Gov. Gavin Newsom, right, and State Assemblywoman Dr. Shirley Weber, left, listen to speakers at an MLK event hosted by the California Legislative Black Caucus in Sacramento, Calif. (CBM photo by Russell Stiger Jr.)
Antonio R. Harvey / California Black Media
Sacramento — Gov. Gavin Newsom has been on the job for nearly two weeks and is already dealing with a teacher strike, a utility company that is threatening bankruptcy and the poor’s inability to access clean drinking water.
He also released a budget proposal that would consist of nearly $145 billion in general fund spending. Wildfires, housing, cannabis programs, the criminal justice system, immigration, paying down debts and retiree pensions were emphasized in his first state budget.
In the midst of various activities surrounding his work, Newsom was able to give remarks at the California Legislative Black Caucus’ “Martin Luther King Jr. Breakfast Celebration.” The event was held at the Sacramento Masonic Temple. The Rev. Al Sharpton gave the keynote address.
The California Legislative Black Caucus (CLBC) serves to ensure that pressing issues facing Black Americans in California are brought to the forefront of policy and budgetary decisions. Newsom praised the group for its continued work.
Newsom said, “What you guys have accomplished in the last four or five years is extraordinary. What you guys did should be a point of pride. It’s not about the legislature versus the executive. It’s about reconciliation, that we are all in this together.”
The issues that concern the Black community and California as a whole, were on display and the breakfast celebration in honor of MLK’s birthday was a fitting place for the governor and CLBC to solidify their partnership. Newsom said there needs to be a “commitment to different levels of engagement” to solve social problems.
“ … We are the most diverse state in the world’s most diverse democracy. I don’t think it’s a gross exaggeration to say that the world looks to us and every one of you to see that it’s possible to live together, advance together, and prosper together,” Newsom said.
Sharpton, who made the trip despite airline delays and the rainy weather, spoke to the audience about the struggles and accomplishments King endured in his 39 years of life. Of the many topics that he discussed, including his thoughts of how the White House is currently running the country, Sharpton reminded the people their role in King’s dream.
“So, celebrating Dr. King should also be the celebrating of the King in you, and the King in you is to fulfill the purpose you are here for — whether it makes people comfortable or not,” Sharpton said. “Don’t emulate a King. Be a King.”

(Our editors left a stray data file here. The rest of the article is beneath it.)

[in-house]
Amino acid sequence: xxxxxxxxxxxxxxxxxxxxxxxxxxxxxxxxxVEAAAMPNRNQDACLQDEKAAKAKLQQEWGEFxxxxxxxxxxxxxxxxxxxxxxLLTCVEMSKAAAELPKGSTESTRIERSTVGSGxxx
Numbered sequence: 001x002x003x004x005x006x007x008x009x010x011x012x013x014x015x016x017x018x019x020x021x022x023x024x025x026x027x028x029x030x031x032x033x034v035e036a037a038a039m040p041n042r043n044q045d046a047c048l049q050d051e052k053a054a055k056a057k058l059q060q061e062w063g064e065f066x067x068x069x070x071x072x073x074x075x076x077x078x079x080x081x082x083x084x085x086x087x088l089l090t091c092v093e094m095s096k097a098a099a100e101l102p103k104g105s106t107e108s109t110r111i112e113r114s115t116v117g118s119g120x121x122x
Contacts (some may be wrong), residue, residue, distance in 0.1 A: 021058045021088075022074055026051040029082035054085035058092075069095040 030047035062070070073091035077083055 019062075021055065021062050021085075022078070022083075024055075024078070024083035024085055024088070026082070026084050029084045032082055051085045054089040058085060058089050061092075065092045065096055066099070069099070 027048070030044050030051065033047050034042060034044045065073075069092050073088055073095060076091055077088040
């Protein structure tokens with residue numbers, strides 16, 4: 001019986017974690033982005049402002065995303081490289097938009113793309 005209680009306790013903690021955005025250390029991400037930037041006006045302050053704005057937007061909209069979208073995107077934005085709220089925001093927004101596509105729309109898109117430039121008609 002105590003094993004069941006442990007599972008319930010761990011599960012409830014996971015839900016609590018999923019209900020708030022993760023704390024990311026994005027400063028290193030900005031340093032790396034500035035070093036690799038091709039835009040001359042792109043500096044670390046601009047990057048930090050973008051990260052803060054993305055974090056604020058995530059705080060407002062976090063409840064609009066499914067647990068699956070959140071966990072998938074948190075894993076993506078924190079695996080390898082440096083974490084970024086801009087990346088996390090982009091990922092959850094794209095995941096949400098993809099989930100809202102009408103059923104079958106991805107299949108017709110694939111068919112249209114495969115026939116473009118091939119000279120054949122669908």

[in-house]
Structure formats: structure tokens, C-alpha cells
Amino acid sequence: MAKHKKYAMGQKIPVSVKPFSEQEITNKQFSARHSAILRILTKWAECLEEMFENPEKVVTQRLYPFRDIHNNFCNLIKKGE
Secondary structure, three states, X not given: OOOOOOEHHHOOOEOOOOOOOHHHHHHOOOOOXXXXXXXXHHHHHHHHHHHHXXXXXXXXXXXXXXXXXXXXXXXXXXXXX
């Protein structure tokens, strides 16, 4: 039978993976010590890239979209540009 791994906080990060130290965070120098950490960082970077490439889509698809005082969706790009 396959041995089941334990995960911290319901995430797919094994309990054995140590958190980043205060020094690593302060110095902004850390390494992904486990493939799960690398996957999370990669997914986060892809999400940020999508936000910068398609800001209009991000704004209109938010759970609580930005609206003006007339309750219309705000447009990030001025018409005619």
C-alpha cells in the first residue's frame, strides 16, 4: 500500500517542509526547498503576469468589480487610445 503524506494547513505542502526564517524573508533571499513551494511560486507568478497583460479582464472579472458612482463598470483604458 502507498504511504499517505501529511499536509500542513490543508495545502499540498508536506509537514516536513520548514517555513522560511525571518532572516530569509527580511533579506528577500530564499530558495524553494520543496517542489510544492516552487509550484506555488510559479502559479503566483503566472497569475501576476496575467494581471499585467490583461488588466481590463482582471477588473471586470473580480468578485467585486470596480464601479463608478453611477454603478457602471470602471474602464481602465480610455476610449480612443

Sharpton went on to describe exactly what it means to pattern oneself after a man who spent his lifetime fighting social injustice.
“Being a King means dealing with the 19 percent in poverty. Being a King means you’re going to have to deal with the facts in the state of California in 2019 of people getting rashes from taking a bath. Being a King is when you’re going to have to question what happened to Stephon Clark a year ago in March,” he said.
The MLK breakfast was the first event of the year for CLBC.
“We not only had members from the State Capitol, but we had members from Sacramento and up and down the state,” said Assemblywoman Dr. Shirley Weber, 79th District and chair of the CLBC. “The fact that we had our governor here, our Secretary of State (Alex Padilla), a Supreme Court justice (Tani Cantil-Sakauye), we also had a cross section of branches focused on King. All of the speakers focused on the issues, social justice, and us working on taking King’s message to our hearts.”
The program also included a presentation from Padilla.
Padilla presented the CLBC with a high-resolution copy of Assembly Bill 2684, authored by Hon. Willie Brown and signed by Gov. Jerry Brown, to observe MLK as a state holiday. Padilla shared the legislative history to get a bill passed to commemorate the Kings birthday as a state holiday.
“It had been three attempts earlier and each one failed. It meant that the caucus didn’t give up. When we put things out there that are not embraced initially, we have the responsibility to keep knocking at that door,” said Weber.